TWG Blog

Leadership, Management and Cultural Intelligence

Taylor Wilks Group - Friday, May 04, 2012

Leadership, Managment and Cultural Intelligence, Authored by H. Duane Taylor, Esq., MPP, MPCH
Leadership and management are distinct yet overlapping skills.  To many people, the word “lead” means to “direct.” In contrast, “manage” means “control.” One employs skills in working with others to enlist their best efforts in accomplishing an organization’s goals. The other method attempts to reach a goal using only the ideas of one person - the manager. Most professionals would rather lead but often have difficulty navigating on a road they do not “control.”

Leader’s Lesson One
To motivate a team a leader needs to give clear direction. Giving clear direction means the leader must understand exactly what he or she wants to communicate and then must communicate that direction in terms followers can understand.

Executing your organization’s compelling strategic mission by clearly communicating what part your team plays in carrying out the plan is truly a mix of leading and managing. An exceptional leader will facilitate what the team does well, remove barriers that might block members of the team from performing effectively, and overall, help the team shine.

So what are some of the characteristics of exceptional leaders? Research shows that the best leaders work with the people they lead to seek their mutual maximum potential as a team; they co-create their success.1   The best leaders also create work environments in which workers experience the deep gratification of achieving a worthy goal. Organizations can go from “good to great” under the right leadership and with the right people in place.

Leader’s Lesson Two - Cultural Intelligence
Another way organization leaders can enhance their leadership capacities is to develop their sensitivity to and awareness of Cultural Intelligence. Cultural intelligence is a concept that involves bridging and benefiting from cultural differences.  Our own cultural backgrounds influence the way we think and act and the way we interpret each other’s contributions. Often an individual’s life experience and her or his environment serve as a wall or gap that limits what the person can learn about others. Not seeing the benefits of cultural differences may hinder progress. In the end, the success or failure of a project may depend on a leader’s competence and skill at bridging culture gaps among members of his or her staff.

Cultural Intelligence can be defined as the ability of a leader to create a successful collaboration in situations where cultural differences play a significant role. Cultural Intelligence consists of three dimensions that correspond to the classical division between emotion, understanding and action.

The three dimensions of Cultural Intelligence are:

  • Intercultural Engagement
  • Cultural Understanding
  • Intercultural Communication

Each dimension influences the other.  For instance, the courage for a leader or an employee to allow him or herself to be changed in a cultural encounter will enhance his or her listening capacity and increase his or her understanding of fellow employees.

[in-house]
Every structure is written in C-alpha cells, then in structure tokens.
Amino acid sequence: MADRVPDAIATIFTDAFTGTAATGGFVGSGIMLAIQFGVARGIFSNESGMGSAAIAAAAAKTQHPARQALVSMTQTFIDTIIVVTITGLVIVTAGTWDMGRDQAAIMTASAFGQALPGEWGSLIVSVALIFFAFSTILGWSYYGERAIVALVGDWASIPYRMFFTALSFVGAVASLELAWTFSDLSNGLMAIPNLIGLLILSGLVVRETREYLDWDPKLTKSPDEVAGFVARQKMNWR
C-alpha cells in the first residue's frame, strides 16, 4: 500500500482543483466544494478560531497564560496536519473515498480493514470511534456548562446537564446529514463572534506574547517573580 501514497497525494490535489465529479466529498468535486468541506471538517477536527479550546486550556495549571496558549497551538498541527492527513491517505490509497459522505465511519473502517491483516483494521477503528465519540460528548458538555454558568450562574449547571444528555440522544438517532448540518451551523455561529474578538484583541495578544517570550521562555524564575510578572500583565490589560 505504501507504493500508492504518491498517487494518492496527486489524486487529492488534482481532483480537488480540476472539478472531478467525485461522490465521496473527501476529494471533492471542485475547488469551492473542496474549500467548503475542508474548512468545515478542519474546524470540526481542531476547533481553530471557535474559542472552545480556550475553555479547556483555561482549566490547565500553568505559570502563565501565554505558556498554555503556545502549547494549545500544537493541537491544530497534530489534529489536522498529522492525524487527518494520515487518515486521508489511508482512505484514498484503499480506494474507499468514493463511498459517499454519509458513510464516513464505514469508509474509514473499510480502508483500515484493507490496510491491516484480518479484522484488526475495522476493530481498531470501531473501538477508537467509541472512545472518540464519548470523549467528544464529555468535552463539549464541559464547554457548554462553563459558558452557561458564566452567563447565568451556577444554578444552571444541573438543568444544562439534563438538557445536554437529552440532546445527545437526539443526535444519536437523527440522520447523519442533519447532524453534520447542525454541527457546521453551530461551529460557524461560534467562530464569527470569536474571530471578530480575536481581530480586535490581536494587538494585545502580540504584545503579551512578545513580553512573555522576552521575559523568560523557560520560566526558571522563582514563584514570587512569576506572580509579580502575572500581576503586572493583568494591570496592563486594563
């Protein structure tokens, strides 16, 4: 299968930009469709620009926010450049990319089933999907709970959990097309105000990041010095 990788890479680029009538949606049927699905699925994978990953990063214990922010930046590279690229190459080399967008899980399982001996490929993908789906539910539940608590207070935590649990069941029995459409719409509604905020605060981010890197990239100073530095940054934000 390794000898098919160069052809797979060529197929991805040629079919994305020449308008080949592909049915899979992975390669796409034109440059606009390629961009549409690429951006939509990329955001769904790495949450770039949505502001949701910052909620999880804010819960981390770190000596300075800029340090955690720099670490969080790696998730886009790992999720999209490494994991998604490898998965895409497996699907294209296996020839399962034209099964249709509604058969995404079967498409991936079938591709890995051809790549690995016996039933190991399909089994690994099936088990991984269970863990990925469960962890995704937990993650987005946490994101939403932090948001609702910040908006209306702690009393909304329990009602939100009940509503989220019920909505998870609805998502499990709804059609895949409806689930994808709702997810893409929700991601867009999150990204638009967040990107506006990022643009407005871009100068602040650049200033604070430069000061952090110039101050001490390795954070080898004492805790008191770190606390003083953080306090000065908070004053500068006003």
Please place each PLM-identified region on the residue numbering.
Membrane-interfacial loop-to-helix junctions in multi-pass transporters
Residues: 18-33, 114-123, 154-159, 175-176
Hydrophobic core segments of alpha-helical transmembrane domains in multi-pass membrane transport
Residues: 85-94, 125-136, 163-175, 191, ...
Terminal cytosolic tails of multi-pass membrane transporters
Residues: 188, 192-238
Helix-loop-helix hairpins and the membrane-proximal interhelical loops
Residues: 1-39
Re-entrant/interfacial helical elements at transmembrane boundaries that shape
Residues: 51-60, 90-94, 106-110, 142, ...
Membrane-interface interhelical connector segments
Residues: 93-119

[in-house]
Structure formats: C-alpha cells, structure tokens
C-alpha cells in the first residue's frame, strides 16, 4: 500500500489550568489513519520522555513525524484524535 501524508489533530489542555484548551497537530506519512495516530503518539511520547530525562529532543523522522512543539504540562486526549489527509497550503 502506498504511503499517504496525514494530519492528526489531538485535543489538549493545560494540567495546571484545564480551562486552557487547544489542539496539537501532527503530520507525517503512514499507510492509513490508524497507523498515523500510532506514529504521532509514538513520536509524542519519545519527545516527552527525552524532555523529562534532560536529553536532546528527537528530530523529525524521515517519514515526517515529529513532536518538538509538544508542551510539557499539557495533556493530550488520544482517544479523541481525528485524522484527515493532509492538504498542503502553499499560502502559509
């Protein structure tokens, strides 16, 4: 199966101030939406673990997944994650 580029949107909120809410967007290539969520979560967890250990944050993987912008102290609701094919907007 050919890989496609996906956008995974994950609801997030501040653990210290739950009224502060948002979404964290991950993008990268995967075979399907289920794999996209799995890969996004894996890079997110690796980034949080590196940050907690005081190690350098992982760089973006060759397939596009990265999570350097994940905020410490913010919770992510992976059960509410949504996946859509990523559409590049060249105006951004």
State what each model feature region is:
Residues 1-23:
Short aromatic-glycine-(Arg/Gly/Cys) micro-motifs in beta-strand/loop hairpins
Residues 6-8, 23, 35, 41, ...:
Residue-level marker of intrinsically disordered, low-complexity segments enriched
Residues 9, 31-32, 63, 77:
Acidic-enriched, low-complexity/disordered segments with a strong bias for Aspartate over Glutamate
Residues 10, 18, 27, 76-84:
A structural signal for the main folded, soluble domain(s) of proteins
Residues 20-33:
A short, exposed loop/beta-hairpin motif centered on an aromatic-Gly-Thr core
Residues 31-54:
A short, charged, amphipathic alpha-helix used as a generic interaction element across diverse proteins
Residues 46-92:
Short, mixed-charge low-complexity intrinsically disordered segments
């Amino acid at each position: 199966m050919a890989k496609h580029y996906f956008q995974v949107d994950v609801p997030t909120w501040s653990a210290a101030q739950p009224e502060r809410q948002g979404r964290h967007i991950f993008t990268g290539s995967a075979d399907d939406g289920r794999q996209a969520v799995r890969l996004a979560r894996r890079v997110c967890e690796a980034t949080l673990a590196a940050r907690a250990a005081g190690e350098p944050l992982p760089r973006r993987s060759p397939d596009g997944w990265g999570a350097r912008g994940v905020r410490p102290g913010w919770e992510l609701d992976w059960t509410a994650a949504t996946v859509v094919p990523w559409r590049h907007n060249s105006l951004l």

Cultural Intelligence involves openness to the whole culture as well as the sub-cultures within the overarching one. Cultural Intelligence comes about when there is an understanding internally and externally of people who have different ways of thinking and acting and who come together to succeed in accomplishing an agreed upon goal. Cultural Intelligence creates a framework, language and dialog to understand and capitalize on differences among coworkers rather than tolerating or ignoring the (potentially creative) friction caused by difference.

Emotionally intelligent leaders also know that listening is critical to forming strong bonds and developing an environment conducive to creativity, productivity and high quality. They also know that listening reduces conflict and encourages more creative problem-solving. Conversely, negative listening habits can erode the abilities of leaders and diminish their ability to build high trust bonds with employees.

Leaders who embody these characteristics can use them as catalysts to craft contexts in which the team realizes potential. Human beings are born with an innate urge for triumph, but are not born aware of this need or how to meet it. Leaders must meet this challenge. It is up to a leader to create an environment in which every employee can open themselves to others and create a context in which people to realize their potential. 

In the context of Cultural Intelligence, leaders who combine critical thinking, awareness, realistic optimism and practiced listening skills achieve the highest success rates on behalf of their teams and their organizations.  And finally, leaders who can learn and then tap into their own Cultural Intelligence also can become expert communicators who create a positive cycle that elicits people's best selves — the selves who overcome significant challenges, realize their potential and ultimately create success for an organization.

1 Menkes, Justin, Three Traits Every CEO Needs, Harvard Business Review Online, May 11, 2011, blogs.hbr.org/cs/2011/05/three_traits_every_ceo_needs.html

*The Taylor-Wilks Group (TWG) is a leading nonprofit health care management consulting firm specializing in training, technical assistance and strategic/operational innovation for small to mid-size nonprofit organizations and governmental entities.  TWG’s results oriented experts have over 30 years of experience in consistently and professionally executing trainings, consulting engagements and operational technical assistance. For more information email us at info@taylor-wilksgroup.com.

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